DLT and Payments


Over the last few years, I have engaged with both the ‘true believers’ in crypto and the sceptics. In this highly politicised debate, the opportunity to assess, objectively, what unique capabilities are offered by Distributed Ledger Technology (DLT) to design innovative payment solutions appears to have been swept aside. Of course, there are gaps (scalability springs to mind) but we can expect many to be fixed as the technology is improved.

‘Core competencies‘ as a management concept were first proposed in the 1990 HBR article “The Core Competence of the Corporation” by C.K. Prahalad and Gary Hamel. In developing Information Technology (IT) strategies for companies in a past life, I have used ‘IT Capabilities‘ to capture new competencies derived from the use of information technology, for business leverage.

As an example, the use of artificial intelligence tools (or even simple ‘rules engines’ from the olden days), can enable a payment services provider to significantly improve KYC and risk assessment of payers and payees to meet compliance standards and regulatory obligations.

The unique IT capabilities offered by DLT and tokenisation can similarly be captured to help spur ideas that solve existing problems or even conceive new business models. I call these #DLTSuperPowers – simply to be less boring than ‘DLT Capabilities’! I’m hoping to offer a framework to generate dozens of new use cases that might land on fertile ground and find sponsors who take some up for trial, despite the reservations of sceptics.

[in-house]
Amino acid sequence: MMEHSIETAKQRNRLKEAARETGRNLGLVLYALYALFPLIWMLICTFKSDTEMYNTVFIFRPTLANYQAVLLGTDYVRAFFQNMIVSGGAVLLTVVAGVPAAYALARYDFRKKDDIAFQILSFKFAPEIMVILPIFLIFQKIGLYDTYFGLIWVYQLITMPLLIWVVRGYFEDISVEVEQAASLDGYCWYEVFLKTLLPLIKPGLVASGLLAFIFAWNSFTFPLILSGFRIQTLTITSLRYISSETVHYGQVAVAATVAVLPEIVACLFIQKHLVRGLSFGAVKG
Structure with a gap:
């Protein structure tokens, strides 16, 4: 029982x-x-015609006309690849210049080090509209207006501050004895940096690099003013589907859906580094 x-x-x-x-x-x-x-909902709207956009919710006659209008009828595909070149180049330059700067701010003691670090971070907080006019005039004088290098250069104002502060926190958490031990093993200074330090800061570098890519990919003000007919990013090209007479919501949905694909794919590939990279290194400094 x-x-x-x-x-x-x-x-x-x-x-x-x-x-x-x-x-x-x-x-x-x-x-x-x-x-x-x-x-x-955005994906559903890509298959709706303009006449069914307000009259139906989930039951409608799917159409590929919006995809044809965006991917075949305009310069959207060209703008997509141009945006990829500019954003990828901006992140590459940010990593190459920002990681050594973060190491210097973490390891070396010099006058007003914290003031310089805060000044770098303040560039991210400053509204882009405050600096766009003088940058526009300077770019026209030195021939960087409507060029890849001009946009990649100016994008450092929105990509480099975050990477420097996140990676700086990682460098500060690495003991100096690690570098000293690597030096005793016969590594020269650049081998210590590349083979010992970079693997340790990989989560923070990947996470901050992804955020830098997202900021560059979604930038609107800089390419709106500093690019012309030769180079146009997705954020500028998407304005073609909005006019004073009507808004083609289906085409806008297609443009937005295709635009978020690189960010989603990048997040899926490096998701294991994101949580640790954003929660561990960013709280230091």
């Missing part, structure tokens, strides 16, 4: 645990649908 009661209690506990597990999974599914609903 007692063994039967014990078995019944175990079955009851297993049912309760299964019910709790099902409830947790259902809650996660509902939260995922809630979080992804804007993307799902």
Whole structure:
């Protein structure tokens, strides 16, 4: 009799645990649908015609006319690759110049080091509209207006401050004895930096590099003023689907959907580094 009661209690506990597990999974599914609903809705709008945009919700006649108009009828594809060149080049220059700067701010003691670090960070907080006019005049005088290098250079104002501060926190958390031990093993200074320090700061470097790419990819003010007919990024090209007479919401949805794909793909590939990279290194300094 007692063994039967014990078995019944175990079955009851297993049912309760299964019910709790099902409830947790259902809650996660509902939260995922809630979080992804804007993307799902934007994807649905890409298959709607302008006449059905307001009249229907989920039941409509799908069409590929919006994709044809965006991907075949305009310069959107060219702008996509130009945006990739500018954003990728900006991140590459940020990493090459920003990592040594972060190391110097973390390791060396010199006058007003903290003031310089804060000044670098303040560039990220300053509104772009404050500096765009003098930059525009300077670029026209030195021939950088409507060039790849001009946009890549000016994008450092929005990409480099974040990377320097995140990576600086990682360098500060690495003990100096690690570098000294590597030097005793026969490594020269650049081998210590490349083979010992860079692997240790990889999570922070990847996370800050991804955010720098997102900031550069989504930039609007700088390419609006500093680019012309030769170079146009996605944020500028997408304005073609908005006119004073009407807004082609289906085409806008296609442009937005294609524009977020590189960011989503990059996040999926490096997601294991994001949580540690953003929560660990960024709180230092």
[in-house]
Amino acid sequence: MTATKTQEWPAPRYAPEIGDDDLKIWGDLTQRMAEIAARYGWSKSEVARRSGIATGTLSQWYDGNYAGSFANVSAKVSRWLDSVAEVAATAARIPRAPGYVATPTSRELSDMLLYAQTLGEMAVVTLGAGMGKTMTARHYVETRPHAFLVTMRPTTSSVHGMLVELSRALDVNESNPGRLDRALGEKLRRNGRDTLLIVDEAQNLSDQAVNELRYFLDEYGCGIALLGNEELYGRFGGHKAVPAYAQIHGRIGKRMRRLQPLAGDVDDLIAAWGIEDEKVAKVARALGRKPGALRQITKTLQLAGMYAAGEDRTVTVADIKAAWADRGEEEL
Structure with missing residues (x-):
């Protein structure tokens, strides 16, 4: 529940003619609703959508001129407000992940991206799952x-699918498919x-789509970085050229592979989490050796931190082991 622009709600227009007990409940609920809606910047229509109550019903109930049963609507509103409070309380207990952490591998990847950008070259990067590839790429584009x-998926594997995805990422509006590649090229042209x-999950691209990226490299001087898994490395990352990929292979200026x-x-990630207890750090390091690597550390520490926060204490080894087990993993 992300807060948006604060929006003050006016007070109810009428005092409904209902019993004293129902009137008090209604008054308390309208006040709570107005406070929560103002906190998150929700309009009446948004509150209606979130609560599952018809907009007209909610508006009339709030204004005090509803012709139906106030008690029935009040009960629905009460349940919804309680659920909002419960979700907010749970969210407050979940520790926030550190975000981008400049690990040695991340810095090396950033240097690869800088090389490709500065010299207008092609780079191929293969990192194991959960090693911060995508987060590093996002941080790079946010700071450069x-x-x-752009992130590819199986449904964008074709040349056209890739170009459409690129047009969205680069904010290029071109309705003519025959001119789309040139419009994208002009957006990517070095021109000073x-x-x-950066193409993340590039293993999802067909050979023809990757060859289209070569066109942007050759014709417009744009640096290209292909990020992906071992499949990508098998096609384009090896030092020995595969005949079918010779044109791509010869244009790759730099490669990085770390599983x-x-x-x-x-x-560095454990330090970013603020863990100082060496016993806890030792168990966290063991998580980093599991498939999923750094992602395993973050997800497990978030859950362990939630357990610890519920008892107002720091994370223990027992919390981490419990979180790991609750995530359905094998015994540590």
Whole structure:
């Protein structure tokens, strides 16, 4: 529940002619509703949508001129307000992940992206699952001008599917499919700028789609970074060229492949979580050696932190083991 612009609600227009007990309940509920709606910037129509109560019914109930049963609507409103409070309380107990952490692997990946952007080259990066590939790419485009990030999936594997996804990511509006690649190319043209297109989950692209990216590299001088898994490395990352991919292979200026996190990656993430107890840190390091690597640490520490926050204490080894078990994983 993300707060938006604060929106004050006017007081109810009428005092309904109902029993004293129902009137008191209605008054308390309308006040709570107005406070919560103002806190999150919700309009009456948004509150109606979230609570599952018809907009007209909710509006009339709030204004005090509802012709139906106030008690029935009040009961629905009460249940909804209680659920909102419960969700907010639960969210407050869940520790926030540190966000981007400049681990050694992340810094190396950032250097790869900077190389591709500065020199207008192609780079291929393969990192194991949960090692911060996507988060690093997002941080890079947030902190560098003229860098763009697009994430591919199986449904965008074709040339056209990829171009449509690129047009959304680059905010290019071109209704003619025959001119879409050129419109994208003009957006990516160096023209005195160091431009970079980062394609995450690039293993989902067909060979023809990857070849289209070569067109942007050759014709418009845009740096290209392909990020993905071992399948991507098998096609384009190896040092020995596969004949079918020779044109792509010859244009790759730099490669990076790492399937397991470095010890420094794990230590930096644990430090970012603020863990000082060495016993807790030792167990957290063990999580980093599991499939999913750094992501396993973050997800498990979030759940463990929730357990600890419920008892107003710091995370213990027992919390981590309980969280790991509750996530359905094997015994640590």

I will be presenting these ideas at an online panel session next week with the Emerging Payments Association Asia, details below. I will share details in a subsequent post, watch this space!

Designing with Digital Tokens: A Primer for Central Bankers

Many central and commercial banks are now exploring the use of blockchain or more generally, distributed ledger technology (DLT) for the design of new payment systems infrastructure around the world. Native crypto-assets as well as tokens issued on DLT networks, such as Central Bank issued Digital Currency (CBDC) and so-called stablecoins, are being considered as building blocks.

Dilip Rao offers a framework for the assessment of needs for different use cases against the attributes of various DLT tokens for a more rigorous selection of technology.

In summary:
– Digital token attributes are critical to solving for your use case of interest
– CBDC, bank tokens and crypto-assets solve different problems and can work together
– A thoughtful design approach can result in better outcomes at lower costs and risks

Read more: Courtesy Currency Research.

Hello world!

What does one do after retiring from a dream job and a long career across three continents?

A new website is a start – welcome to Woomera Labs and a new journey for me!

I first set up Woomera Labs in early 2014 in the USA to incubate startups that might need help to engage with large corporates. In San Francisco I chanced upon Ripple Labs and secured two large Australian banks to conduct proof of concept projects with them. Things went so well that I wound up working for Ripple, full-time from January 2015. Until Dec 2019.

So this is ‘back to the future’ but with a looser brief – anything that looks interesting where I can add some value to make good things happen.

Ping me on Twitter or LinkedIn!